It’s common knowledge by now that we all have different learning styles. Some of us are visual learners, some auditory, some kinaesthetic and so on. What’s not so commonly known is that cognitive scientists and neuroscientists seem to unanimously agree that the multiple intelligence learning style theory doesn’t stand up to scrutiny. Apparently research consistently shows that the learning effect of matching learning styles to presentation methods is insignificant. Even people who consider themselves to be auditory learners recall information that is presented visually than information that they hear. For optimum learning, a combination of hearing and listening works best of all.
The old maxim of a picture being worth a thousand words rings true for two reasons – it’s not just that we are better at processing visual information, but our ability to recall visual information is over five times better than our ability to recall textual and auditory information. Not only do we recall visual information better, but we are able to recall it for longer. A combination of visual and auditory information is even better than either used in isolation. No wonder blackboards were such a big hit when they were first introduced to the classroom – it was a big improvement on just talk.
Cognitive scientist Daniel Willingham covers the topic in depth in the article Do Visual, Auditory, and Kinesthetic Learners Need Visual, Auditory, and Kinesthetic Instruction He also has a somewhat dry but logical presentation on the same topic (for the visual/auditory learners).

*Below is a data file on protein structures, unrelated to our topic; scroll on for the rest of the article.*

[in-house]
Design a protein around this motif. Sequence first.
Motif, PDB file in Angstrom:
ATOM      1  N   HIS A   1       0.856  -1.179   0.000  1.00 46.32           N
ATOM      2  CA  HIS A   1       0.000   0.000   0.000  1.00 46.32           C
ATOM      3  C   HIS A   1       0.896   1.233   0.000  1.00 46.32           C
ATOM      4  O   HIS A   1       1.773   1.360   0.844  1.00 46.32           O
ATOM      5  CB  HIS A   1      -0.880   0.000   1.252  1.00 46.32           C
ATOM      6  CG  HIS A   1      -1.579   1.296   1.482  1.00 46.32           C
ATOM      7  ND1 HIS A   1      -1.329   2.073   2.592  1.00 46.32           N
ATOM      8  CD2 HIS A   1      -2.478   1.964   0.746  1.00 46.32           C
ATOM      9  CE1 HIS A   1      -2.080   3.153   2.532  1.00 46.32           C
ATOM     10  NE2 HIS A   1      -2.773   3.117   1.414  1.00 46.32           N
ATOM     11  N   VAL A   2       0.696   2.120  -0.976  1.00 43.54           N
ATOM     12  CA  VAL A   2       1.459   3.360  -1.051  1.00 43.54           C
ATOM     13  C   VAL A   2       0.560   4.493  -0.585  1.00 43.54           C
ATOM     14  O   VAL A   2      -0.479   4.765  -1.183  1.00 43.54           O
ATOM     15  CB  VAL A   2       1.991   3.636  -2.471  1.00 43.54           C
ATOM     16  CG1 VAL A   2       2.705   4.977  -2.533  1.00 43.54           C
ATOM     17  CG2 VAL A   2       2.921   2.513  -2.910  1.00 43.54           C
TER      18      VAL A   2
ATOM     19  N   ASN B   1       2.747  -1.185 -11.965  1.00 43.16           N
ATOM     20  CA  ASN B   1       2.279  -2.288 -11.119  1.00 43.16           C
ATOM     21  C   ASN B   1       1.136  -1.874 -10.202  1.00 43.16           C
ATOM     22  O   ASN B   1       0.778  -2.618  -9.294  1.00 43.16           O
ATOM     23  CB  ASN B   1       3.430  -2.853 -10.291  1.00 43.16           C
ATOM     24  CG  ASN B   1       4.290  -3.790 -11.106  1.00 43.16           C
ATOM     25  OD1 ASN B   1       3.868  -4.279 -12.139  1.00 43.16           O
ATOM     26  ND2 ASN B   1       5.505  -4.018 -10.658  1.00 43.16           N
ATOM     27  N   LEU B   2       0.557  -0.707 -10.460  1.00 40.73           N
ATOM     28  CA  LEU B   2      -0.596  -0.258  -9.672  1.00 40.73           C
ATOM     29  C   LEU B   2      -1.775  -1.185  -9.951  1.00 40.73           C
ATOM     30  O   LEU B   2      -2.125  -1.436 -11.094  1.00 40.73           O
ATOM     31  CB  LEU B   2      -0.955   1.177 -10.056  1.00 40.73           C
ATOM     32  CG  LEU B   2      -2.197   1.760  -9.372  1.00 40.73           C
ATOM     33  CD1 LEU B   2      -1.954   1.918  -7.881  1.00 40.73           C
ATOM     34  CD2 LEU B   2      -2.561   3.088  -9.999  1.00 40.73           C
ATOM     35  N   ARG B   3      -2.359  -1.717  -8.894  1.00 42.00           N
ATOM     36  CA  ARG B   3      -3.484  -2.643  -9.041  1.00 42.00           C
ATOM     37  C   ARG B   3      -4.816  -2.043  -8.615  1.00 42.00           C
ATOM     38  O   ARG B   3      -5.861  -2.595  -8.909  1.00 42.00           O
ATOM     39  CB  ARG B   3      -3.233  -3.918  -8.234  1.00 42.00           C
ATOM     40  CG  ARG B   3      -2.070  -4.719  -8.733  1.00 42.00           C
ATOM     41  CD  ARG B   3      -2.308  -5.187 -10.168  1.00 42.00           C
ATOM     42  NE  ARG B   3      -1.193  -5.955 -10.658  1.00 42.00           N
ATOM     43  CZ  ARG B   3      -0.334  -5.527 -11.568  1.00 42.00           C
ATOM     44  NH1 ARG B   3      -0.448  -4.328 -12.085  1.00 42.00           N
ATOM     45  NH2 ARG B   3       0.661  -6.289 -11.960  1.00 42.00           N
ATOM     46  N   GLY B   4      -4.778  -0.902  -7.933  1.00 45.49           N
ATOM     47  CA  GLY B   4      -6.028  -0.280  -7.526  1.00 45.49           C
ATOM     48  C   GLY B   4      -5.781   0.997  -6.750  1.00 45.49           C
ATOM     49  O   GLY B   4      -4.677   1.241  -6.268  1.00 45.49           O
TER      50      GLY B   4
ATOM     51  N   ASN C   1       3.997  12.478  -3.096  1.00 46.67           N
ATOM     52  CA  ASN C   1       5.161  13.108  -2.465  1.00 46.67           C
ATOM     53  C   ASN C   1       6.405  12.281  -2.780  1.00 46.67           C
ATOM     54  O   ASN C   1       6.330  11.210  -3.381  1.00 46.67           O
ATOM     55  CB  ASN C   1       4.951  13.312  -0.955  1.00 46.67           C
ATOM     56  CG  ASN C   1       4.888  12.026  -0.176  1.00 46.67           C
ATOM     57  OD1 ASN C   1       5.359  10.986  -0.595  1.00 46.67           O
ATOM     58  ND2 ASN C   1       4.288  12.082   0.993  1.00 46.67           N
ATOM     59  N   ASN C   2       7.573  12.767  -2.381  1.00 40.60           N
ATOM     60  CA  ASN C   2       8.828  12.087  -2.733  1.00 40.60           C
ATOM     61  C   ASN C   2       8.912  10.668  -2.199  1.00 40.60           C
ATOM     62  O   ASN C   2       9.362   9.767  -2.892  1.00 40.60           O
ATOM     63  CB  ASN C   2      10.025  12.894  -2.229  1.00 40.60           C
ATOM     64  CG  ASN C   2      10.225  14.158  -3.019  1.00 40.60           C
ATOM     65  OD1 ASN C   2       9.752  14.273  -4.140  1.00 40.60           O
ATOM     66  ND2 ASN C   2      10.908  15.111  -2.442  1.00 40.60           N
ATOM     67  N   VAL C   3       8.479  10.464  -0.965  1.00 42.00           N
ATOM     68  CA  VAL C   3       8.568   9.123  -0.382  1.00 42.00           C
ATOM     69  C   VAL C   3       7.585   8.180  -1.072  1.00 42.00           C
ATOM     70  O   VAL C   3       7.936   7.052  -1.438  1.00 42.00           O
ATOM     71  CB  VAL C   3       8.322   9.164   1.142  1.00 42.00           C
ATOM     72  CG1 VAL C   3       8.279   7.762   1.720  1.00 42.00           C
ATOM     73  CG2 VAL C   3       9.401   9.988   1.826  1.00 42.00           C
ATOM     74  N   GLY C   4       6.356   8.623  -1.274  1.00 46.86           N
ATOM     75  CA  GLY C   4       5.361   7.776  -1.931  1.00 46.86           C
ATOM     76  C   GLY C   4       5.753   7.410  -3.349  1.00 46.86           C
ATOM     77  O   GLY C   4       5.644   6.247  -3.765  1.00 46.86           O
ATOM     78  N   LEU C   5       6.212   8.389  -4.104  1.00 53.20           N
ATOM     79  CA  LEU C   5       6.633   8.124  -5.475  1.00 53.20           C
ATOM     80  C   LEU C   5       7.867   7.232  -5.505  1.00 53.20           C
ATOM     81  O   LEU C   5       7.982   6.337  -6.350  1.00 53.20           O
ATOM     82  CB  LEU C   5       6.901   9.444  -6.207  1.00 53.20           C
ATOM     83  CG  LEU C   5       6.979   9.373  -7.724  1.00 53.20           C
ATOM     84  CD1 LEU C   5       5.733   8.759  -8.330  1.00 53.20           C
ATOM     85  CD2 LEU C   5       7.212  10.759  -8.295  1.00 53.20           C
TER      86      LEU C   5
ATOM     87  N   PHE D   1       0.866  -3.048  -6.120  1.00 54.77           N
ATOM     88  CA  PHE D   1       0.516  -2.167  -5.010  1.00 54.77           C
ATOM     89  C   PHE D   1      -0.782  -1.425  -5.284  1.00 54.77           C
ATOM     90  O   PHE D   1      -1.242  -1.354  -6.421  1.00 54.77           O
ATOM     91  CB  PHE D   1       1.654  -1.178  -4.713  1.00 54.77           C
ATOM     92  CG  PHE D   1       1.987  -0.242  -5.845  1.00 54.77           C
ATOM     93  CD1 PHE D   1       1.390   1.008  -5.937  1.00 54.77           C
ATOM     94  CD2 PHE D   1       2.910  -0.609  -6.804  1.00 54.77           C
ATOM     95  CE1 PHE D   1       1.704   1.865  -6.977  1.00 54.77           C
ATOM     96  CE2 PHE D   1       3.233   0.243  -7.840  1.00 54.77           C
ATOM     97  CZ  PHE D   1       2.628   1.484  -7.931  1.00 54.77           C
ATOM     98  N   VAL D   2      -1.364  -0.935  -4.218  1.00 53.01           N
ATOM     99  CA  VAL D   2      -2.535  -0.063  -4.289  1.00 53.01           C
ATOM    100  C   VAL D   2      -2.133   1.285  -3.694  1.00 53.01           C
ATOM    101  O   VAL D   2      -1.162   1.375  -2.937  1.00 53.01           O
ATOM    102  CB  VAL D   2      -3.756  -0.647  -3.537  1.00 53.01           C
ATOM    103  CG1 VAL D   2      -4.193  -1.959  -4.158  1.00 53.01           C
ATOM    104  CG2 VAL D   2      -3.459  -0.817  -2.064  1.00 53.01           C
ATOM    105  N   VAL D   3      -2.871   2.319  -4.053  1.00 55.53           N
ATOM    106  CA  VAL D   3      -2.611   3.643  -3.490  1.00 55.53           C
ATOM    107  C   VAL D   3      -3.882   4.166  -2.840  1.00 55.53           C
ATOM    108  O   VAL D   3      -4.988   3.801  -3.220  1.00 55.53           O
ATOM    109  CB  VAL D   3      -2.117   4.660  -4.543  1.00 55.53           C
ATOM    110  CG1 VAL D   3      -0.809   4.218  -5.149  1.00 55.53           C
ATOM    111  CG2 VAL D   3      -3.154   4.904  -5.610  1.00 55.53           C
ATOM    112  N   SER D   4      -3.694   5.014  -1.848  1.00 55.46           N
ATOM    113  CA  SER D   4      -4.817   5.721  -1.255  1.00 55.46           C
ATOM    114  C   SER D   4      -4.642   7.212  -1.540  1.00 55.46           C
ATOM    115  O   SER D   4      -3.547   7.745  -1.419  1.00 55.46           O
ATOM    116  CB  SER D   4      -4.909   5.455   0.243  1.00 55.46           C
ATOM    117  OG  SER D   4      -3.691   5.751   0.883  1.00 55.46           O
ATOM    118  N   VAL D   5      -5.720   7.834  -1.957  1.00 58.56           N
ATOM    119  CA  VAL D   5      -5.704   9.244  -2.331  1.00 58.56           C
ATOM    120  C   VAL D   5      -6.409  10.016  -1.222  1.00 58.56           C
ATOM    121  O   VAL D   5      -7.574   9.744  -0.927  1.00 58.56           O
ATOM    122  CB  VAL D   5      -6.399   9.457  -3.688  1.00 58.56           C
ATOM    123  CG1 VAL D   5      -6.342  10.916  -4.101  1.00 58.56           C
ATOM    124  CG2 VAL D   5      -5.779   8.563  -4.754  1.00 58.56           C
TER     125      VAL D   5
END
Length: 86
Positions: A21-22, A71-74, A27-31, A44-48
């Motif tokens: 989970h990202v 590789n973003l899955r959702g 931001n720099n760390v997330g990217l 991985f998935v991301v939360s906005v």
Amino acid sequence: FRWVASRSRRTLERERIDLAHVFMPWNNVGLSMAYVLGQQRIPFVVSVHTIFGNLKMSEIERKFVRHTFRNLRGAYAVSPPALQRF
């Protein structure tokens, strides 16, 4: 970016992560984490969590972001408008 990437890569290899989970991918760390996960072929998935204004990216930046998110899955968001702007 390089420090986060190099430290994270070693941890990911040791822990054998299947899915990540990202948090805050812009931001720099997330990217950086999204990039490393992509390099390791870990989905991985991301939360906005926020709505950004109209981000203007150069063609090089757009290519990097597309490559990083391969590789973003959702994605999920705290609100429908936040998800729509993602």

Brenda Keogh and Stuart Taylor at Manchester University found that teaching science by using cartoons was a very effective method of engaging students.(pdf article). The cartoons presenting a scenario and cartoon characters with varying viewpoints about the scenario, encouraging students to examine the validity of each viewpoint. They found that students found the system engaging, made it was easy to provide differentiated learning, and it was also easy for teachers to assess the understanding of the students.
Great but not all of us can come up with suitable cartoons. Dan Meyer’s suggestion is to always have a camera with you, so that you can take photos whenever you see something that might have teaching value in the classroom. He finds that it makes it easier to develop lessons that students can relate to. Check his 3 minute video on why he finds it so effective.
I highly recommend Daniel Willingham’s book, Why Don’t students like School. Donna Bills has neatly summarized nine principles found in this 9 chapter book . More in depth articles about learning are at Daniel Willingham’s website.